FederalIssuesLloyd Doggett Holds Town Hall in Austin

At his recent town hall in Austin, Rep. Lloyd Doggett discussed his views on healthcare, homelessness, and gun control among other issues.
August 27, 2019
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As the August recess for Congress nears its end, Rep. Lloyd Doggett (D-TX-35) hosted a town hall at the Riveter in downtown Austin.

It served as a stark contrast to the raucous town hall for Rep. Chip Roy (R-TX-21) last week, which featured audience members shouting and arguing with the congressman and each other. With no protests, Doggett’s town hall was more akin to the recent one held by Rep. Lance Gooden (R-TX-5).

In a room of about fifty, the congressman spent the forefront of the evening’s discussion on the hot topics of healthcare, homelessness, and gun control.

Before opening the floor for questions, Doggett gave some introductory remarks.

“Of all the many things that have happened that are distressing over the last couple of years,” he said, “I think one of the most difficult ones to deal with is the general degrading of our civic dialogue — our inability to talk with people of different points of view without assuming that they are bad people.”

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He continued to preface the night’s conversation by saying that although he would talk about any given issue, “across America there is one issue and that is Donald Trump.”

Doggett has previously supported impeachment procedures aimed against the president.

He continued by criticizing Senate Majority Leader Mitch McConnell (R-KY) for ignoring a list of bills passed by the House that will likely not be voted on by the Senate, which Speaker Nancy Pelosi (D-CA) has dubbed his “graveyard.”

Since Doggett is the chair of the Ways and Means health subcommittee, the first and longest topic of discussion with the audience was healthcare.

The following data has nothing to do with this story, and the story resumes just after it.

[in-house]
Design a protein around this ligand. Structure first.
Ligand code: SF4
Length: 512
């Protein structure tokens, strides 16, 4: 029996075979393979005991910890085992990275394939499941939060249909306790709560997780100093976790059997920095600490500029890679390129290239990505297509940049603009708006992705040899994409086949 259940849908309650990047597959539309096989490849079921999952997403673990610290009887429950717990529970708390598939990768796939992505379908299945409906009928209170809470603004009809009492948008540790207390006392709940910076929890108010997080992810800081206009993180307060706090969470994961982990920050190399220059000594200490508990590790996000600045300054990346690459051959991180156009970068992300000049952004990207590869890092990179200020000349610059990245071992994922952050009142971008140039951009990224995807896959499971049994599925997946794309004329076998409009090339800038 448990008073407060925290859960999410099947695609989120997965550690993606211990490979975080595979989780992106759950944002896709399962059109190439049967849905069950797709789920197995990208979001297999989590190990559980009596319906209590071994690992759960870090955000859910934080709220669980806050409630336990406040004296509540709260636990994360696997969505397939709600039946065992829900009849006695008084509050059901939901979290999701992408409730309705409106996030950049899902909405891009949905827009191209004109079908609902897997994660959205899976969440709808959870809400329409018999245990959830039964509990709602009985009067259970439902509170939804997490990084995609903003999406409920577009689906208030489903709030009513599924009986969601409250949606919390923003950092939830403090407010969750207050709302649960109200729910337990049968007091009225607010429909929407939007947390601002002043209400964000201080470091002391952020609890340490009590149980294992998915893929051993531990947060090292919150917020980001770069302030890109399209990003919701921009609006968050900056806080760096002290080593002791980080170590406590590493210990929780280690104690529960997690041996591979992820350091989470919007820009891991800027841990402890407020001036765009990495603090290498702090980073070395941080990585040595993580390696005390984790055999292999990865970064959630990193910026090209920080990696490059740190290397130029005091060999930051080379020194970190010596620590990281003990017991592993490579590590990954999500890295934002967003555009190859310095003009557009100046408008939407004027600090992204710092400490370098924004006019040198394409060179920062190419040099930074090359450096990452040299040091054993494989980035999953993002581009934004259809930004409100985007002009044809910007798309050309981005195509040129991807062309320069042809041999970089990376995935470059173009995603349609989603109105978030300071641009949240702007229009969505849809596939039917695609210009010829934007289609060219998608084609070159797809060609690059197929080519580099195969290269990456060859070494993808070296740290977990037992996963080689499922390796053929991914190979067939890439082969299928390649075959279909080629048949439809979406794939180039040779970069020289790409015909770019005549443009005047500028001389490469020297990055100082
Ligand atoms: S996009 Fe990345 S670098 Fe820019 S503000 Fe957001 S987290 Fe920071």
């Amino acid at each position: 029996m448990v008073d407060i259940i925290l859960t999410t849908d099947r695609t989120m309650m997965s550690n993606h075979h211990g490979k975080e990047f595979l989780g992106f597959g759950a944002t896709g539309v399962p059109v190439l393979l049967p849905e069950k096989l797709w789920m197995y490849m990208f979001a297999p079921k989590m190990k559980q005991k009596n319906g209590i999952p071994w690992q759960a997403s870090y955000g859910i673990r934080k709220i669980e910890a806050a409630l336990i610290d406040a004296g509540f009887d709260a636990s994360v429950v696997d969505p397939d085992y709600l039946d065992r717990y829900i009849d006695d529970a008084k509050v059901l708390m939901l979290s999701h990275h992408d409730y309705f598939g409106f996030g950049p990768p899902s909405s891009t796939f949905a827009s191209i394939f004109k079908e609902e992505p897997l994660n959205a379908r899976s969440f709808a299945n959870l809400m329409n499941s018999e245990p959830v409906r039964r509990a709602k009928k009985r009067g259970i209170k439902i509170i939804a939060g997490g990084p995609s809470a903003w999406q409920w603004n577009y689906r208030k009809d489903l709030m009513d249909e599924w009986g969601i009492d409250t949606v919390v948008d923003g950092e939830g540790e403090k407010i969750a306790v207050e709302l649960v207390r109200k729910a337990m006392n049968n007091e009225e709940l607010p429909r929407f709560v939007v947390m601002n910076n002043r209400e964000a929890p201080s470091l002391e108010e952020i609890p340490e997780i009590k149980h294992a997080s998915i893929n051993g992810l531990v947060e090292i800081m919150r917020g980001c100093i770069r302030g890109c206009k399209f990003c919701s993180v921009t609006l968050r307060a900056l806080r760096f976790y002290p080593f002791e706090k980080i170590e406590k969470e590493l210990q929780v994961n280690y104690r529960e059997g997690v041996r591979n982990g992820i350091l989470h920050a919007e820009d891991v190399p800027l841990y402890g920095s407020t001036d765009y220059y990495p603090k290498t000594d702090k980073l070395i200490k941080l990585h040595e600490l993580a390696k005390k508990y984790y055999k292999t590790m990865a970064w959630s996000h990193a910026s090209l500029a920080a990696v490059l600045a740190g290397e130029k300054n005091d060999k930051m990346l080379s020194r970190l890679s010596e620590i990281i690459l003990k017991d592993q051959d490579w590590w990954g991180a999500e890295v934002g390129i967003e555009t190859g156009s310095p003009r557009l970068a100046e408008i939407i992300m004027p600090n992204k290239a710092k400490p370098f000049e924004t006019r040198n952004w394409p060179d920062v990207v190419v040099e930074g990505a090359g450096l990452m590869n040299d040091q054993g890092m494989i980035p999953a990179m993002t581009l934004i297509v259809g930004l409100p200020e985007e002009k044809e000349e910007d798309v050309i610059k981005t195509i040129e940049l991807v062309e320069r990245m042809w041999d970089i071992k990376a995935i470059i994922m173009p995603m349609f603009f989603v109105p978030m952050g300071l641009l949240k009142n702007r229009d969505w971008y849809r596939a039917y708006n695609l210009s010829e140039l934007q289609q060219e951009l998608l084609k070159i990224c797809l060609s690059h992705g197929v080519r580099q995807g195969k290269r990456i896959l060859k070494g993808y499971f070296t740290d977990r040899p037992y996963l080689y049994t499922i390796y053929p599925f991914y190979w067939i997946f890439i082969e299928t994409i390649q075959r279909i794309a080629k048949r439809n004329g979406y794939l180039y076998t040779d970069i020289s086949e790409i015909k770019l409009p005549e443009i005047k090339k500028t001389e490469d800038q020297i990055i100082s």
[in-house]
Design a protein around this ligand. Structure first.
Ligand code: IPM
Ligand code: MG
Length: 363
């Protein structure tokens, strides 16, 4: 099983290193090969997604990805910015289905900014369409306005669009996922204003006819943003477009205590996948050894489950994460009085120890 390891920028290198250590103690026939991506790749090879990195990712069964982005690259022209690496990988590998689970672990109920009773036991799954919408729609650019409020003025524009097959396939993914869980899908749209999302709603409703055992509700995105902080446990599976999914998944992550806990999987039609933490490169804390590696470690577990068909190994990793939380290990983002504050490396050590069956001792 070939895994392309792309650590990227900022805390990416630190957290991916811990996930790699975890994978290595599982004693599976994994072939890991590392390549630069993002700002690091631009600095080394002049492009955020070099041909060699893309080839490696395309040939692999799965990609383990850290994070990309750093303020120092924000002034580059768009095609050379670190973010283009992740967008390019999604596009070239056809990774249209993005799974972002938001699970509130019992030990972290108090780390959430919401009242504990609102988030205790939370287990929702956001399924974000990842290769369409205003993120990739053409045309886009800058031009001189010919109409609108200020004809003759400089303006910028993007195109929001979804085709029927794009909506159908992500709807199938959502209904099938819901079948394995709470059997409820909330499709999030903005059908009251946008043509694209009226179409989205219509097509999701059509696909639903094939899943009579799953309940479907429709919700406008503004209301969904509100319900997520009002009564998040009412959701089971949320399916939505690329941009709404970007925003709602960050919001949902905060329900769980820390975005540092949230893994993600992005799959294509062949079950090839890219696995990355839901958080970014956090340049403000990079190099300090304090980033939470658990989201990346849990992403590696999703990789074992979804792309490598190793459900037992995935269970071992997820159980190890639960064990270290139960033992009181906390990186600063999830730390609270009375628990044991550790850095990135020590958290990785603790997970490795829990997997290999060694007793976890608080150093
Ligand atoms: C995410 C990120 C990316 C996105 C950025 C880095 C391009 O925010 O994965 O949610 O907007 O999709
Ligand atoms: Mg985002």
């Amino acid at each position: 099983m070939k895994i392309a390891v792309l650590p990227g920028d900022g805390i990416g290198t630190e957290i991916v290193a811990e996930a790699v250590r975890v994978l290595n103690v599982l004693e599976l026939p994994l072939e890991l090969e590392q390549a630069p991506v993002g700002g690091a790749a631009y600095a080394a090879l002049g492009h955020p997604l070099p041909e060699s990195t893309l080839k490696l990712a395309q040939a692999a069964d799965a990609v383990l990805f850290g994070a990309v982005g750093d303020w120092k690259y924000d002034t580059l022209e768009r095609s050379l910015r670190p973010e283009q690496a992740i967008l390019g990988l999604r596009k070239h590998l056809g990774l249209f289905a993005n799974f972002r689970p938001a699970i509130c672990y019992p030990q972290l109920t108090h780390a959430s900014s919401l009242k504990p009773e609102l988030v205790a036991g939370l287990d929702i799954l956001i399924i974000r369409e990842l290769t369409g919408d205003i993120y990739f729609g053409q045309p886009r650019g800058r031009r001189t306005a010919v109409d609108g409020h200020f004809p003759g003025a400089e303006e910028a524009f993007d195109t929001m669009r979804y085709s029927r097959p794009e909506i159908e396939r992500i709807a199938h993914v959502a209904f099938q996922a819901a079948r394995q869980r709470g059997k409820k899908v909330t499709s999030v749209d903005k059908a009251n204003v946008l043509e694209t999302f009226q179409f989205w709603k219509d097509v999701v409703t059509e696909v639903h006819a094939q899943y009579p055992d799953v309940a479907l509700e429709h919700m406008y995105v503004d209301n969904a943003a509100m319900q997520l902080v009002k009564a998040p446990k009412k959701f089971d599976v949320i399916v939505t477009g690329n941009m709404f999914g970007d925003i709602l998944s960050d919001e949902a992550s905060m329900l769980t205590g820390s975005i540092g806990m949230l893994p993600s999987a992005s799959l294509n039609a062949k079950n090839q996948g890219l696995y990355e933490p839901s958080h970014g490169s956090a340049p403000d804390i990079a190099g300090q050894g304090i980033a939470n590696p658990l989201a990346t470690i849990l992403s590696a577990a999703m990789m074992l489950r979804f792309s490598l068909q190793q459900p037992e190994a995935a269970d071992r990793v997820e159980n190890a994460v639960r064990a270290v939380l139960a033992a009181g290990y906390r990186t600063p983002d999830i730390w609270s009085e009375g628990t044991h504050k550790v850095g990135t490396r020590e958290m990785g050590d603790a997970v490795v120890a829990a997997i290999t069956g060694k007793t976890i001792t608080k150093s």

He noted the problem of diabetes that he has seen across his district in San Antonio and Austin and highlighted his concerns of price gouging on pharmaceuticals like insulin.

One audience member who is a part of the Austin Democratic-Socialists of America group asked Doggett if he supported abolishing private health insurance, which he likened to a vampire “sucking money out of the healthcare system,” by passing a taxpayer-funded “Medicare for All” program instead.

The question on healthcare has become a prominent point of contention in the Democratic presidential primary.

Some, like former Vice President Joe Biden, have advocated for expanding and improving Obamacare. Sen. Bernie Sanders (D-VT) has argued for a “Medicare for All” plan that would abolish private insurance immediately, while Beto O’Rourke has argued for a “Medicare for All” that would gradually move everyone to a taxpayer-funded healthcare system.

Doggett replied that he is not committed to any single approach, saying, “I’ve signed on to a series of bills — kind of an ‘all of the above’ approach, recognizing that there’s not a perfect one and there’s also not a perfect one we get through the political system.”

He also said that he wants to expand Medicare in its current form to cover hearing, vision, and dental costs.